Starting from the LuciadRIA 2020.0 release, the LuciadRIA API comes as ES6 modules. In versions 2020.0 and 2020.1, the API is available as Asynchronous Module Definition (AMD) modules as well. LuciadRIA 2021.0 will drop AMD modules, so it’s recommended to switch to ES6 modules. Migrating from AMD to ES6 modules explains how to refactor your code.

The LuciadRIA 2020.0 release includes some incompatible changes, which may require you to update some of your code. See Incompatible changes for an overview of those changes.

Migrating from AMD to ES6 modules

Change import statements

Before 2020.0, you had to import LuciadRIA modules using the AMD syntax shown in this code block.

define(["luciad/view/Map"], function(Map) {
    //your code
}

The LuciadRIA ES6 API uses named ES6 exports to export classes and static functions. To import those from the LuciadRIA ES6 API, you must use the following syntax.

import {Map} from "@luciad/ria/view/Map";
//your code

AMD module loading doesn’t force you to use a specific name for an imported module. ES6 named imports do require you to import modules with the name that they’re exported with. Note that you can change that by importing a module under an alias, for example import {Map as LuciadMap} from "@luciad/ria/view/Map".

Change imports of static functions

Before 2020.0, each file could export only one variable. Now that the LuciadRIA API comes as ES6 modules, you can export and import static functions separately. This implies that you must import some static functions separately from the main class of that module.

For example:

define(["luciad/shape/ShapeFactory"], function(ShapeFactory) {
    var point = ShapeFactory.createPoint(reference, [x,y]);
}

or, if you were using CommonJS imports:

var ShapeFactory = require("luciad/shape/ShapeFactory");
var point = ShapeFactory.createPoint(reference, [x,y]);

now becomes:

import {createPoint} from "@luciad/shape/ShapeFactory";

var point = createPoint(reference, [x,y]);

You can also choose to import all named exports from ShapeFactory with import * as ShapeFactory from "@luciad/shape/ShapeFactory". Note that this only works for files that only export static functions.

These files have many module exports

  • ShapeFactory

  • FilterFactory

  • ReferenceProvider

  • SymbologyProvider

  • TransformationFactory

  • QuantityKindRegistry

  • UnitOfMeasureRegistry

  • ColorMap

  • License

  • LightEffect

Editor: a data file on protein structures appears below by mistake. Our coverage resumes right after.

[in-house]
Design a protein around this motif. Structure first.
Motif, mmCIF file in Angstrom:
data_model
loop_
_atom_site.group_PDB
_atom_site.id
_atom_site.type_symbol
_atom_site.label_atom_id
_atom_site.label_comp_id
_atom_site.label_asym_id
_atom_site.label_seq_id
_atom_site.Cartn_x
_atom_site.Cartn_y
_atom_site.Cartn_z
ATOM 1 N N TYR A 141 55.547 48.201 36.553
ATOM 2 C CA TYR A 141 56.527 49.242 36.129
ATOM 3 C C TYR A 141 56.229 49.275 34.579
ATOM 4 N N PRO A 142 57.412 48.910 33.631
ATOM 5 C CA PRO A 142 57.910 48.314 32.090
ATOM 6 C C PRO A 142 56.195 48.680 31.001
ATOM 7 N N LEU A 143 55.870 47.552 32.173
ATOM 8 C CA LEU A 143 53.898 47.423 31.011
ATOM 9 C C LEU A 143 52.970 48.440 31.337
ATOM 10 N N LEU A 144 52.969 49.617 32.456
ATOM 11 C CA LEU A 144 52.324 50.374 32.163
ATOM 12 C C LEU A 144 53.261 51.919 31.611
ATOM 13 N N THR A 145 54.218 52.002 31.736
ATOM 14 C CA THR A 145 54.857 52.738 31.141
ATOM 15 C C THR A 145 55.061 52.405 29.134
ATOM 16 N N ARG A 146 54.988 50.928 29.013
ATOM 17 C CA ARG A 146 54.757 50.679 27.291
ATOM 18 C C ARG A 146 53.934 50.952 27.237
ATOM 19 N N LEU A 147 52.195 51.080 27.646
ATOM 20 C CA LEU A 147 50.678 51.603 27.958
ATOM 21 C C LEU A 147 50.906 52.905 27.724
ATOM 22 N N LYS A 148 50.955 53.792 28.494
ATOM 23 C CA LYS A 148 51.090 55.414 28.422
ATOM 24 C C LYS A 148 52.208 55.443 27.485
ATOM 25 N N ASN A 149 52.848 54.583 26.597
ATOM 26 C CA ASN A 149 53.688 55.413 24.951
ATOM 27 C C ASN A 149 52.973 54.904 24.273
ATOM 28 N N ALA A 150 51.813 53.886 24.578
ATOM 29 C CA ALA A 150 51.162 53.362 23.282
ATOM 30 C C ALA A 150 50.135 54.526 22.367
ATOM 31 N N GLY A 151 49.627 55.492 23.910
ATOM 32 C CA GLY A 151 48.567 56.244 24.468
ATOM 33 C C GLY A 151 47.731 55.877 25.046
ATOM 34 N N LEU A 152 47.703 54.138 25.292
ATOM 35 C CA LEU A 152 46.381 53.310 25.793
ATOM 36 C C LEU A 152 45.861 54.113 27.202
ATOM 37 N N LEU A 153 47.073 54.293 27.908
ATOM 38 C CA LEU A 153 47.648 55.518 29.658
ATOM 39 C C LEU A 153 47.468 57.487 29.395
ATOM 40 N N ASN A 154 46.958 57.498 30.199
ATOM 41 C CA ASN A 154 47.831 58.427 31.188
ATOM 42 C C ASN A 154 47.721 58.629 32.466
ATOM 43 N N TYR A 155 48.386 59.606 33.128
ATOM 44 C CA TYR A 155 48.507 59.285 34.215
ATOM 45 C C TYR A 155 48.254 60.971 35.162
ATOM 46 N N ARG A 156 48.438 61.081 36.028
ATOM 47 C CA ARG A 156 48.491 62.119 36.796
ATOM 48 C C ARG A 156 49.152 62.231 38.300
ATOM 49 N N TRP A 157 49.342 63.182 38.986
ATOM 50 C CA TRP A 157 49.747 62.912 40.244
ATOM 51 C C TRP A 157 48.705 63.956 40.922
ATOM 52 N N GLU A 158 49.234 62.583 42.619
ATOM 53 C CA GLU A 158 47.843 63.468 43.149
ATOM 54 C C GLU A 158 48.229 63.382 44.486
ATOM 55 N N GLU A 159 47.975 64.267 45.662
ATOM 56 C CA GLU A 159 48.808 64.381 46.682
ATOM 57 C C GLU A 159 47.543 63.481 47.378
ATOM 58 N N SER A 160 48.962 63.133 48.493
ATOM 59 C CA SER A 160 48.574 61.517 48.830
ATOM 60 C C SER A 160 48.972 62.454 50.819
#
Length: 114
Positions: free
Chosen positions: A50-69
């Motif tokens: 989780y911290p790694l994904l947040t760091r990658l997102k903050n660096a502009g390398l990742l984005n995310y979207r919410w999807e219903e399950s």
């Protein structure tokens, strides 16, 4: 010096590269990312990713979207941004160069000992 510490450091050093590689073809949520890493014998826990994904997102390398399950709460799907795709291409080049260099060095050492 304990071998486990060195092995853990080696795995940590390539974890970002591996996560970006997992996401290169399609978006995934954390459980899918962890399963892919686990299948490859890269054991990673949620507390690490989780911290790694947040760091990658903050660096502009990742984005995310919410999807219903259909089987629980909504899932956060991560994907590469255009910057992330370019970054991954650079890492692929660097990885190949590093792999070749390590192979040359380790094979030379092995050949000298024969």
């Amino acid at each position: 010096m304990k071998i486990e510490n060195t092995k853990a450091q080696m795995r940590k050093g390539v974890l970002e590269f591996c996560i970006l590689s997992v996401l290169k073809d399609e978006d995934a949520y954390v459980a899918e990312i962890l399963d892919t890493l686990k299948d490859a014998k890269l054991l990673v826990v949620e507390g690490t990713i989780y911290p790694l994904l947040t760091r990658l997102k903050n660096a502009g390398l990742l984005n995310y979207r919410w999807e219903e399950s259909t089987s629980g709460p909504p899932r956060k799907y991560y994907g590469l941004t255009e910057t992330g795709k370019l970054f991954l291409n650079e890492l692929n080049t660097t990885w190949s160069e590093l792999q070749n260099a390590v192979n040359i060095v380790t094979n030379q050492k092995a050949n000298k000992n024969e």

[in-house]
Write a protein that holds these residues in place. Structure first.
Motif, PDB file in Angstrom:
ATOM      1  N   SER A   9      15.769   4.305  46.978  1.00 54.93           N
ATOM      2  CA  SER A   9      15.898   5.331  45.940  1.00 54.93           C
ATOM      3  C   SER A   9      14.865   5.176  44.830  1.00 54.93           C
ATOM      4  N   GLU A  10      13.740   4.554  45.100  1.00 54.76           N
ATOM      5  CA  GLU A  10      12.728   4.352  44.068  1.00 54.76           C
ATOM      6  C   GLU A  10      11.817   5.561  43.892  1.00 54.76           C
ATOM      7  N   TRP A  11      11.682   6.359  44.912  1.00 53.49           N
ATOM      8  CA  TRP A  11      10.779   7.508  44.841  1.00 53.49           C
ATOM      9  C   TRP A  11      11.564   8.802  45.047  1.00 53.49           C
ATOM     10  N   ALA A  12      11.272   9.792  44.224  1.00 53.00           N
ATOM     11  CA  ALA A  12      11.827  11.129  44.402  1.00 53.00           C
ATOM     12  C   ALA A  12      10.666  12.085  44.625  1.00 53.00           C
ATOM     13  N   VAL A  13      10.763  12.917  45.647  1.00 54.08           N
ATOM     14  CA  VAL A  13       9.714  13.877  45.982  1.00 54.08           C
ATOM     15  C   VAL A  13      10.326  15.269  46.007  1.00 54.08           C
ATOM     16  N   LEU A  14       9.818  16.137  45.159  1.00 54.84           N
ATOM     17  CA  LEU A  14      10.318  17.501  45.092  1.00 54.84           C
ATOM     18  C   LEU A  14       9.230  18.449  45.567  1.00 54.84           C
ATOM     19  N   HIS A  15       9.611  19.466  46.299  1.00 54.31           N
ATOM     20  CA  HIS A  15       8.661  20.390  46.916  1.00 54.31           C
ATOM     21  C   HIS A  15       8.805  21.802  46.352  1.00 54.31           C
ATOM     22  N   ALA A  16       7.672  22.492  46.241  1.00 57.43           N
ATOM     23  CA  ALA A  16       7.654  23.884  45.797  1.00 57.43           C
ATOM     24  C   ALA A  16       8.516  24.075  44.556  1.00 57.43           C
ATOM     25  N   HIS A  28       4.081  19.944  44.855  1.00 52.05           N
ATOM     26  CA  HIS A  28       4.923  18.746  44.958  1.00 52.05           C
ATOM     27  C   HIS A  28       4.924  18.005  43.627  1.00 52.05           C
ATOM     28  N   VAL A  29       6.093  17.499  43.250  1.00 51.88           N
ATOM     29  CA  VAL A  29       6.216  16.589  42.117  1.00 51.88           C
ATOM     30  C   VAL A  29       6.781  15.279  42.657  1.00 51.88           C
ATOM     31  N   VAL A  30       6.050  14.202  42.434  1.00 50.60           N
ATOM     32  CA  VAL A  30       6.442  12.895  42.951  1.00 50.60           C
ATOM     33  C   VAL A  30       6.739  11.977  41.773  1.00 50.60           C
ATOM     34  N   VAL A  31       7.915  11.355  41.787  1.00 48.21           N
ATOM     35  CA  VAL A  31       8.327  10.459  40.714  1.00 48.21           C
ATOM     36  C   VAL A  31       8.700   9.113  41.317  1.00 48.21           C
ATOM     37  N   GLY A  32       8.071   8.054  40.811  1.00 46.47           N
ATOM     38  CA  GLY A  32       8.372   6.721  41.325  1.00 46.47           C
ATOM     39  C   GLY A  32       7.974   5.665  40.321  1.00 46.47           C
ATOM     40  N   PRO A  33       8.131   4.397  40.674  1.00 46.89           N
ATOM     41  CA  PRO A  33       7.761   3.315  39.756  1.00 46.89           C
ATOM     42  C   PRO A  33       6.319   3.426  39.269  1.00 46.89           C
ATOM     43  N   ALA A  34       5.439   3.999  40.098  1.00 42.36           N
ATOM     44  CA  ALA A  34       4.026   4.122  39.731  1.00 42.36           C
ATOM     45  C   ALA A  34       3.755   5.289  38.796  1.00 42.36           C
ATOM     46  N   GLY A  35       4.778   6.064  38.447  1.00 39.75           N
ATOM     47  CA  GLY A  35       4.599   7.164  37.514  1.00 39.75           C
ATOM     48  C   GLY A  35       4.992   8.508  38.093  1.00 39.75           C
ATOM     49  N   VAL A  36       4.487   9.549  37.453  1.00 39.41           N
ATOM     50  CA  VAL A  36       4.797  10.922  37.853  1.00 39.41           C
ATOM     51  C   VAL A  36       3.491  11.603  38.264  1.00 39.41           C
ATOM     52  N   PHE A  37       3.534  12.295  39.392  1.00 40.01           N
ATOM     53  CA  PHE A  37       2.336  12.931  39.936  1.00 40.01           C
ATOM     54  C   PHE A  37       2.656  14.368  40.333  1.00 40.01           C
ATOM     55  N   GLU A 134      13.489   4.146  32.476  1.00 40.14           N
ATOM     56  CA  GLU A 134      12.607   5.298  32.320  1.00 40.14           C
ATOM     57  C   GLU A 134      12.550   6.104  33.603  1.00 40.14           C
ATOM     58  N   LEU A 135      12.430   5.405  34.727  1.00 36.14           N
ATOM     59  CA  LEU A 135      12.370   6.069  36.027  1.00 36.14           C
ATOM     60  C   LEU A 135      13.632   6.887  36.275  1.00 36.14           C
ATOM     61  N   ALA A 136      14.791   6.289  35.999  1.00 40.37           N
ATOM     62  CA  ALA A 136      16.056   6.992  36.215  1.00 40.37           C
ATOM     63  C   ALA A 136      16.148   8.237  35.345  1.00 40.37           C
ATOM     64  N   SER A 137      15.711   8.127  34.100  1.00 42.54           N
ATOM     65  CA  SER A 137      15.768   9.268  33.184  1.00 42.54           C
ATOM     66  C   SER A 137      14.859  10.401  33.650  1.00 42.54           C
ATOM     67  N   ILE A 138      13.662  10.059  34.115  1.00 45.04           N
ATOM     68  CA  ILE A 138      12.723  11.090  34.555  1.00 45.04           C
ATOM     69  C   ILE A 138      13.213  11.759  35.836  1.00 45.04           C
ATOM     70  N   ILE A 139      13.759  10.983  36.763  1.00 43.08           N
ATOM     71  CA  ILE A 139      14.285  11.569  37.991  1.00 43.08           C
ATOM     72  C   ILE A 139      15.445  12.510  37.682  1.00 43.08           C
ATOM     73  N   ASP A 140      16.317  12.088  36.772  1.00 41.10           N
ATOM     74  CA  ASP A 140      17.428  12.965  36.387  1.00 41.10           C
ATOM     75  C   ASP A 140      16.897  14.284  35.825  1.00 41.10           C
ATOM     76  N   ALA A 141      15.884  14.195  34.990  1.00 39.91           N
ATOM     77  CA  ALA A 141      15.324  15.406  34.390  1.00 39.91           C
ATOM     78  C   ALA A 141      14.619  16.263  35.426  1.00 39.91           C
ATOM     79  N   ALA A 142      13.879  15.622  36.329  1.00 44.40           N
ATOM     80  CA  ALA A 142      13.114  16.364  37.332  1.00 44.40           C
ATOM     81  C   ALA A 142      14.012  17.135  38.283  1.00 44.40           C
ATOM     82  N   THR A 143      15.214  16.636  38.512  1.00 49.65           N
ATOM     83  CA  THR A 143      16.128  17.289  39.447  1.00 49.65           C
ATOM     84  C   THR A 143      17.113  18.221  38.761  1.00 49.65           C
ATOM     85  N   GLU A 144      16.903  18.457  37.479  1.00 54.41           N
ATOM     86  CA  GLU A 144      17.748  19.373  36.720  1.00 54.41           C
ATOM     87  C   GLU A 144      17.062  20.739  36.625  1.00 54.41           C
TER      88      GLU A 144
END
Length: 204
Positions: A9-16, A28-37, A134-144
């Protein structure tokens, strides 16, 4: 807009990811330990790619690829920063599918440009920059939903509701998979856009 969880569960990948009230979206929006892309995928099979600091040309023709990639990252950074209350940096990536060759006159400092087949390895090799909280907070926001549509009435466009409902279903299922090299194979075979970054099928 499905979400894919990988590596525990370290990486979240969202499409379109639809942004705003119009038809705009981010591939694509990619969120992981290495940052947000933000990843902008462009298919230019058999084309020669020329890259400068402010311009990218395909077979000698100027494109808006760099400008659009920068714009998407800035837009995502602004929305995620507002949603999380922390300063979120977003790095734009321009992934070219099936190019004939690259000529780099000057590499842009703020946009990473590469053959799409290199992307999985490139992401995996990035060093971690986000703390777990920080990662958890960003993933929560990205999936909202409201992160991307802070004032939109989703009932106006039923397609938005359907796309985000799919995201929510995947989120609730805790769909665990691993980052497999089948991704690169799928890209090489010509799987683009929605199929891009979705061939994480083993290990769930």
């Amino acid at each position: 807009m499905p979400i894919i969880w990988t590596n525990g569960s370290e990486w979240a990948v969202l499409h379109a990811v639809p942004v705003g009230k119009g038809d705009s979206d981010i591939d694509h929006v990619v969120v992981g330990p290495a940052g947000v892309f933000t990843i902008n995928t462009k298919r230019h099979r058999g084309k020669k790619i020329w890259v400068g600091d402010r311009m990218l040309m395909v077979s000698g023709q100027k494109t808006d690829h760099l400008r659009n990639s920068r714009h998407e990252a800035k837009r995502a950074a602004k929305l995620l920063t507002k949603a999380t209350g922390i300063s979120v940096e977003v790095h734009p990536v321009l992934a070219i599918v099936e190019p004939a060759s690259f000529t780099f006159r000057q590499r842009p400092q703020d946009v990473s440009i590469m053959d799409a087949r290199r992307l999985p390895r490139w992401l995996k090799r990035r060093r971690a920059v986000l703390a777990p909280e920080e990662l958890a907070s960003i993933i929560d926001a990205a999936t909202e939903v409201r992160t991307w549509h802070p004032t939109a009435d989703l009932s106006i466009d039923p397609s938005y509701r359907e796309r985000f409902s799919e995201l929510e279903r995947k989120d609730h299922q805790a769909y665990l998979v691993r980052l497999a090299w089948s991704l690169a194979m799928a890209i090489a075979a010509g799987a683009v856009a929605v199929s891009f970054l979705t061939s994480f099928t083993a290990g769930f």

• GeodesyFactory

  • TopologyFactory

  • MeshFactory

  • SEPainterFactory

  • FeaturePainterUtil

  • TileSetScaleUtil

  • ExpressionFactory

  • HandleEventResult

  • PatternFactory

Upgrading an existing TypeScript project

The LuciadRIA 2020.0 release has improved support for integrating LuciadRIA in a TypeScript project. To make use of that support, you must make small changes to your existing TypeScript projects that use LuciadRIA.

Before 2020.0, the LuciadRIA release contained a single TypeScript definition file (luciad.d.ts). Starting from the LuciadRIA 2020.0 release, each module has its own definition file. The TypeScript Hello World tutorial demonstrates how you can set up a TypeScript project with LuciadRIA.

Before 2020.0, we maintained the LuciadRIA TypeScript definition file manually. Now, the definition files are generated automatically. As a consequence, many mistakes in the definition files are now gone. The new definition files may hence contain incompatible changes. These incompatibilities might affect your existing TypeScript project:

  • Namespaces are no longer used to differentiate our modules. To handle this change, you need to update your type imports.

  • The names of several interfaces have changed to have more consistent naming across the LuciadRIA API. Interfaces for option objects used in constructors have the following naming scheme: {ClassName}ConstructorOptions. For example, the object literal that you can pass to a FeatureModel constructor is of type FeatureModelConstructorOptions. For other option objects, the interface name always ends with Options.

  • Some class and interface properties are now optional. That means that you might need to add an undefined check before you can use these properties.

  • The definition files are generated with non-nullable types. As a result, the typing now explicitly has null and undefined.

Upgrading to LuciadRIA 2020.0 AMD modules

Although we recommend updating your project to use the ES6 modules, it’s possible to update an existing project to use LuciadRIA 2020.0 and still use AMD module loading. You can find the AMD modules in the packages/amd directory of the LuciadRIA distribution.

When your existing project doesn’t use TypeScript, you only need to take the incompatible changes documented in the release notes into account when updating to LuciadRIA 2020.0. Otherwise, you must take the changes described in Upgrading an existing TypeScript project into account as well, so that your project correctly picks up the new TypeScript definition files.

Incompatible changes

Polyfills for IE11

Starting with the LuciadRIA 2020.0 release, the API no longer offers polyfills for Promise, Map, Set, Object, and performance. All recent browsers have native support for these constructs.

If you want to keep using LuciadRIA with Internet Explorer 11 , you need to provide polyfills for those constructs. One way to do this is by importing core-js. The webpack dev-server configuration included in the LuciadRIA distribution polyfills these constructs by defining core-js as an additional entry point. See samples/common/webpack.config.js for more information.